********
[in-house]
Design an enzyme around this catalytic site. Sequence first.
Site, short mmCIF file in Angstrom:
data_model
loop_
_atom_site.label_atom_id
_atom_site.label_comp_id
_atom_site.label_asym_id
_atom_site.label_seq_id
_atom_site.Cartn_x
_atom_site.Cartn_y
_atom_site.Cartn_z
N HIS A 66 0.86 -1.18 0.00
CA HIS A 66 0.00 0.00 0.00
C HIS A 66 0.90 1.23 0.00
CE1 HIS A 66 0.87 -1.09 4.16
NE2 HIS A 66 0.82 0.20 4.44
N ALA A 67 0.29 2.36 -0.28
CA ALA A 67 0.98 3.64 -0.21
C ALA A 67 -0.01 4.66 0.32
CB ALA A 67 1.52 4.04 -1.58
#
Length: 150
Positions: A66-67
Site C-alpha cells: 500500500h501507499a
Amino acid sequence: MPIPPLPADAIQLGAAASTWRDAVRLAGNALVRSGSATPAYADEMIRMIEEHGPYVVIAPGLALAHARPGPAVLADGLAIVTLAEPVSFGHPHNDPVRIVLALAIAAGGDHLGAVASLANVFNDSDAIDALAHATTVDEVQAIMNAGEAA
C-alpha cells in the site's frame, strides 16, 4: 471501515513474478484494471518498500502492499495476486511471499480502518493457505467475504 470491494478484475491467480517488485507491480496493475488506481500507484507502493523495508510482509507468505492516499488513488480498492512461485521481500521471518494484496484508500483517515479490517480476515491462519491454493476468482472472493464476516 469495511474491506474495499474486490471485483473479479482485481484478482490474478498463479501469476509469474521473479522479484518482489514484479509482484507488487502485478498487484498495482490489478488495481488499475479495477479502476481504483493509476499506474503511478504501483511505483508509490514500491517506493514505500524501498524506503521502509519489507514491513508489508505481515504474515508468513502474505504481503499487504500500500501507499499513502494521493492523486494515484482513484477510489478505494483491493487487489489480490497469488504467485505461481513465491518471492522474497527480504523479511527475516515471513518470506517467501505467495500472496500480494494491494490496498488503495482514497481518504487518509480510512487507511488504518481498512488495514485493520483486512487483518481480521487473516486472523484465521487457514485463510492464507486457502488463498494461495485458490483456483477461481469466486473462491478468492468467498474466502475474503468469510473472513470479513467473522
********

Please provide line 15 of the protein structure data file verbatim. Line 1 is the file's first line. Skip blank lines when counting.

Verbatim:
C HIS A 66 0.90 1.23 0.00